Sunday, February 05, 2017

Yet more quantum for you...

A couple more papers spotted on arXiv:

Can the Many-Worlds-Interpretation be probed in Psychology?

Shades of Aldous Huxley in this paper - here are some extracts to give you an idea:

So, his actual suggestion for a psychological test of the many-world:

Seems to be a good idea for a movie script, at any rate.

The second paper has, I think, more of a philosophical tone.  It's by Nicolas Gisin, a Swiss physicist with a lot of experimental and practical experience.  His paper Collapse.  What else? has the following abstract:

We present the quantum measurement problem as a serious physics problem. Serious because without a resolution, quantum theory is not complete, as it does not tell how one should - in principle - perform measurements. It is physical in the sense that the solution will bring new physics, i.e. new testable predictions, hence it is not merely a matter of interpretation of a frozen formalism. I argue that the two popular ways around the measurement problem, many-worlds and Bohmian-like mechanics, do, de facto, introduce effective collapses when "I" interact with the quantum system. Hence, surprisingly, in many-worlds and Bohmian mechanics, the "I" plays a more active role than in collapse models. Finally, I argue that either there are several kinds of stuffs out there, i.e. physical dualism, some stuff that respects the superposition principle and some that doesn't, or there are special configurations of atoms and photons where the superposition principle breaks down. Or, and this I argue is the most promising, the dynamics has to be modified, i.e. in the form of a stochastic Schrodinger equation.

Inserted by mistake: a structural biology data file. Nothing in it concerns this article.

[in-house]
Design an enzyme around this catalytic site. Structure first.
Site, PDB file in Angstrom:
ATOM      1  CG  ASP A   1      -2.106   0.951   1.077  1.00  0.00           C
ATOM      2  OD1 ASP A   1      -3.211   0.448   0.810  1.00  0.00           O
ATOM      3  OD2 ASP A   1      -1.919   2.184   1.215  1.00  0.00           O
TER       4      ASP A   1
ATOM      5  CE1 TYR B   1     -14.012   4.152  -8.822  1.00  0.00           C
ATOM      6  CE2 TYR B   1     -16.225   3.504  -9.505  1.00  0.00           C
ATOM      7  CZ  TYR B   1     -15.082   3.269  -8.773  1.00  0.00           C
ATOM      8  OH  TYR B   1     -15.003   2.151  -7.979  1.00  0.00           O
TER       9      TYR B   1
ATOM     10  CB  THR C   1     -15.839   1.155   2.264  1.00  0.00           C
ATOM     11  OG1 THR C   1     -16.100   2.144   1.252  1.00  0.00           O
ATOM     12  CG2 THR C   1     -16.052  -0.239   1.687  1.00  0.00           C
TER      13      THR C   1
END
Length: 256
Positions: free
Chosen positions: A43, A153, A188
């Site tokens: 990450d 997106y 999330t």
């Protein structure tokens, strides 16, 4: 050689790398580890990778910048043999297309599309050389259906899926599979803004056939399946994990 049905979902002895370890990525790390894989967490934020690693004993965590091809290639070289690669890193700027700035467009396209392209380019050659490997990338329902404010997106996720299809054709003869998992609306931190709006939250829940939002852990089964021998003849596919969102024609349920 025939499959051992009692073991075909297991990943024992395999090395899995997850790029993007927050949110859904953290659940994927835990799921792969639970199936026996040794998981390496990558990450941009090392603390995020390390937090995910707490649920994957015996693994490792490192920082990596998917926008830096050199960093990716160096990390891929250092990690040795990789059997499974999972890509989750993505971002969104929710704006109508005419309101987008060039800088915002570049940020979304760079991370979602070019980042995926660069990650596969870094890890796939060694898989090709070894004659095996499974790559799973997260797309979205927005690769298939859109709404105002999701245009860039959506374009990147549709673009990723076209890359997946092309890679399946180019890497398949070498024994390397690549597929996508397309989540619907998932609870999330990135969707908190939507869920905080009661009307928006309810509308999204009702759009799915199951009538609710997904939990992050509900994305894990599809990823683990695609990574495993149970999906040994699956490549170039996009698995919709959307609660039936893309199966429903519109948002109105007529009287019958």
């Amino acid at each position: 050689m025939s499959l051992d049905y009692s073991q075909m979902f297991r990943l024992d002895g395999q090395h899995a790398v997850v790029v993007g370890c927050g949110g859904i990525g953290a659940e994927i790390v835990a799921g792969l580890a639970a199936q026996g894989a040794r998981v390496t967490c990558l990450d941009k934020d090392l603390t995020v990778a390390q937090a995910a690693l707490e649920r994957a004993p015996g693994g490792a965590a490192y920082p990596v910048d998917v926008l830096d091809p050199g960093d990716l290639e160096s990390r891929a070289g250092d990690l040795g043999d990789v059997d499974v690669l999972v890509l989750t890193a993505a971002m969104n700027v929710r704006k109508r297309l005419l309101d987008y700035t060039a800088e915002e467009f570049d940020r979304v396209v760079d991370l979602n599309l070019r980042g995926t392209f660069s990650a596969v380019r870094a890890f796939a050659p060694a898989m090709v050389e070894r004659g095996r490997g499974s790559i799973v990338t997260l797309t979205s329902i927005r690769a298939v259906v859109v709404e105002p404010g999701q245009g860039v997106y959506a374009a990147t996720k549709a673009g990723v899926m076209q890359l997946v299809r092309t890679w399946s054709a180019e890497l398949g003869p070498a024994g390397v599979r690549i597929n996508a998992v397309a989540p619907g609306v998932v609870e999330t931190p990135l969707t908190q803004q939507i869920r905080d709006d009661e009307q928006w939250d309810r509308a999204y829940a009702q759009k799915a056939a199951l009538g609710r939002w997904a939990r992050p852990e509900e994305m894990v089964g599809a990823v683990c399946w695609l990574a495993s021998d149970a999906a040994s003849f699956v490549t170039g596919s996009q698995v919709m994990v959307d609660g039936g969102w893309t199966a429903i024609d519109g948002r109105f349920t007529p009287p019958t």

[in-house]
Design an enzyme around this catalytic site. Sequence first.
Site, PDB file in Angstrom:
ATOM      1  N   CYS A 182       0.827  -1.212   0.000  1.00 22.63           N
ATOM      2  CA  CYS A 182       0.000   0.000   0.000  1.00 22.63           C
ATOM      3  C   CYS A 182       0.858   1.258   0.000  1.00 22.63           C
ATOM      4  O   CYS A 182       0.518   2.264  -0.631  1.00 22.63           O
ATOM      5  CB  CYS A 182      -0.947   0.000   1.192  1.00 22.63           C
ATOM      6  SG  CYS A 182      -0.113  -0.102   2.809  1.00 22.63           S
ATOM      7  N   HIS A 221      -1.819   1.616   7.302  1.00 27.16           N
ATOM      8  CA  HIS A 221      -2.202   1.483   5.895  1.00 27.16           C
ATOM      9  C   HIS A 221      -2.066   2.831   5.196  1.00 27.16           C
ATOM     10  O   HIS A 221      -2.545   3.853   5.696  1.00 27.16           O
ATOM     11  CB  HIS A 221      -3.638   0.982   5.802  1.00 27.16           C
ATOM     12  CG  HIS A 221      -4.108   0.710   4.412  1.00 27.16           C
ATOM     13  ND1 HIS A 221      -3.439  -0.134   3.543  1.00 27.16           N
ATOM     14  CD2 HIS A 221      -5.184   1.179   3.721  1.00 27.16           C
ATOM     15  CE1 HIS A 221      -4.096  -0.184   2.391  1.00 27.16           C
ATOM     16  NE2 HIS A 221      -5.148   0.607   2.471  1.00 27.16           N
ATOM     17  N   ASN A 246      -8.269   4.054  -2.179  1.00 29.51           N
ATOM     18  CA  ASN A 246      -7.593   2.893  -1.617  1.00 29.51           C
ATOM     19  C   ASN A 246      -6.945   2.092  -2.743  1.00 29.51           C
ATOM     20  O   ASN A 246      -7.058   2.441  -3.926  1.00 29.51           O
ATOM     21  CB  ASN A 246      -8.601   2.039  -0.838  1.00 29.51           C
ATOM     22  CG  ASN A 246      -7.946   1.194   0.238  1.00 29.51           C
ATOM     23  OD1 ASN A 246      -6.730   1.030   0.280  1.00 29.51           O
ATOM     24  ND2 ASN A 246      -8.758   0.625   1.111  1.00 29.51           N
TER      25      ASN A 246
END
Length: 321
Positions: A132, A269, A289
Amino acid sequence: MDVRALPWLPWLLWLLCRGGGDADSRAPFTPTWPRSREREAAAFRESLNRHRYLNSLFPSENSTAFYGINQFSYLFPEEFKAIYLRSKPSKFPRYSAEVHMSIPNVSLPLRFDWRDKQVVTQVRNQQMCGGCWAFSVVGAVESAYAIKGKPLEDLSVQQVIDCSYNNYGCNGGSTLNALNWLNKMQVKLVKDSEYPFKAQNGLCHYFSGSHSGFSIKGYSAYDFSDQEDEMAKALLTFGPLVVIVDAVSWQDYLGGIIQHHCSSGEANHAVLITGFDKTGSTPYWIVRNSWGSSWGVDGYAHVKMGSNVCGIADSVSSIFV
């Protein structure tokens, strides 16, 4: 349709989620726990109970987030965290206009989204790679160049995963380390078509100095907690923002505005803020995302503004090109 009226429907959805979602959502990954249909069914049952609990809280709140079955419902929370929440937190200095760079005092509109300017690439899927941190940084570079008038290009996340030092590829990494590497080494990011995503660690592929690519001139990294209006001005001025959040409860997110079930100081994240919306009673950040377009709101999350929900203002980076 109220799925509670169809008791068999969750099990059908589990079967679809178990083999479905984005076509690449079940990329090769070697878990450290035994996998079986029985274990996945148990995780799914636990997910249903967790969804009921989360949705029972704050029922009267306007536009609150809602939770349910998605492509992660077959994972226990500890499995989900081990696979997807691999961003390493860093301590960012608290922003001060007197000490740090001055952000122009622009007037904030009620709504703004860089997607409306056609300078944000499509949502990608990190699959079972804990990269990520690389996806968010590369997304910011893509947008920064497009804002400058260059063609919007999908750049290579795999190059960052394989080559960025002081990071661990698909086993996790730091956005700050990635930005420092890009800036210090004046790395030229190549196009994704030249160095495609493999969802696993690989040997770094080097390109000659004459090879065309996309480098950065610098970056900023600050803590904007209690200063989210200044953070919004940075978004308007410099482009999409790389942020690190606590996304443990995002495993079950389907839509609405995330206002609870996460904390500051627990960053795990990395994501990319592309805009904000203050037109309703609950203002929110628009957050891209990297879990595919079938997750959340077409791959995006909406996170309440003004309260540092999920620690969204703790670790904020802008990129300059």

Actually, the paper itself reads better than the abstract.   Here's the section on many-worlds, which I find the most interesting part of the paper:

His point about the "many-worlds" interpretation meaning that the initial state of the universe had to have been "encoded in some infinitesimal digits of some quantum state" is not an objection that I had heard of before.

It's also not clear to me what he would think of Frank Tipler's argument that many-worlds actually supports free will - which I noted in a post last month.

So, the many-worlds idea continues to intrigue everyone.   Here's a suggestion: the election of Trump might be evidence we've accidentally slipped into a totally unexpected parallel world.  If it can happen, truly, anything can...

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